Antidiscrimination Law and Social Equality
This important book addresses head-on the controversy over attempts to reshape society in the name of antidiscrimination. While most Americans understand that racism and similar ideologies are so destructive that the state should do what it can to eradicate them, this understanding conflicts with another widely held idea, that the shaping of citizens' beliefs is not a legitimate objective of a liberal state. Andrew Koppelman argues that the modern conception of antidiscrimination law as a project of cultural transformation is consistent with, and even demanded by, principles of liberty. He clarifies the moral principles that should guide a society in which some groups, such as blacks, women, and homosexuals, are unfairly stigmatized.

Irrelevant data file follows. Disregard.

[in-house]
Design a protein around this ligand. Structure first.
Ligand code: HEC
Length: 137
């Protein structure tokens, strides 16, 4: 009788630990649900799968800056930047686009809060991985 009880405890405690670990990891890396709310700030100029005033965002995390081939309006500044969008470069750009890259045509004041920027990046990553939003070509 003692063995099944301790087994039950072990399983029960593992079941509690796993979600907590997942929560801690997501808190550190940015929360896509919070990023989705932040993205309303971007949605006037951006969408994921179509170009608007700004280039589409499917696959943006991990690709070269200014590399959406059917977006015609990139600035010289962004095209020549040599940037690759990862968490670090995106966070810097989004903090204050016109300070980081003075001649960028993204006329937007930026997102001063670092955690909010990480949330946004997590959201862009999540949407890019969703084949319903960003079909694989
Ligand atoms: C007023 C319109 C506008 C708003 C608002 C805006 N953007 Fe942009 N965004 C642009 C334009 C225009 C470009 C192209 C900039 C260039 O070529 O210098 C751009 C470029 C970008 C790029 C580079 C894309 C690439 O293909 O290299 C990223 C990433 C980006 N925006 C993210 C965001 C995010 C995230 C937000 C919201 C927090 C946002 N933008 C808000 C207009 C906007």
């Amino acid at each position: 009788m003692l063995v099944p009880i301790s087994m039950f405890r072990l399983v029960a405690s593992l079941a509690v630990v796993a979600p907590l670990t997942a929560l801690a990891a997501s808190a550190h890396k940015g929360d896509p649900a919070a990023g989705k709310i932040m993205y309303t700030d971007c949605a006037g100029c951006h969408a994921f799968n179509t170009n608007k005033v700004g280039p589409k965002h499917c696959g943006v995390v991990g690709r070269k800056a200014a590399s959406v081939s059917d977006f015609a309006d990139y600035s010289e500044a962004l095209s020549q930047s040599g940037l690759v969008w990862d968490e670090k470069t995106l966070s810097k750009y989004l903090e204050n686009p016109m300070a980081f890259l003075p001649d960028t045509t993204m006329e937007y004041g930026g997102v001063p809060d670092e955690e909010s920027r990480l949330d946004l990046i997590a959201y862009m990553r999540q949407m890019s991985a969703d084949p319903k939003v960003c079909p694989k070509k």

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Ackerman affirmative action American antidiscrimination law antidiscrimination project argues argument basis beliefs blacks Bruce Ackerman Catharine MacKinnon citizens Civil Rights claim conception concern and respect constitutional critique decision Democracy and Distrust Derrick Bell devaluation disadvantage distribution Dworkin effect equal concern equal protection clause female Feminist Fourteenth Amendment gender group-disadvantage harassment harm Harv Harvard University Press hate speech heterosexual homosexuality human Ibid idea individual inferior injuries John Rawls kind Lawrence legislation LESBIANS LESBIANS AND GAY LIBERAL POLITICAL THEORY MacKinnon male malign preferences McCleskey miscegenation moral neutrality norm Nozick person principle problem process theory PROCESS-BASED THEORIES prohibition race racial preferences racism RACIST SPEECH Rawls Rawls's reason requires RESULT-BASED THEORIES Richard Epstein role Ronald Dworkin segregation self-respect sex discrimination sexism sexual social society SPEECH AND PORNOGRAPHY status stereotypes stigma theory subordination Sunstein theorists Theory of Justice value speech violence women workplace wrong Yale York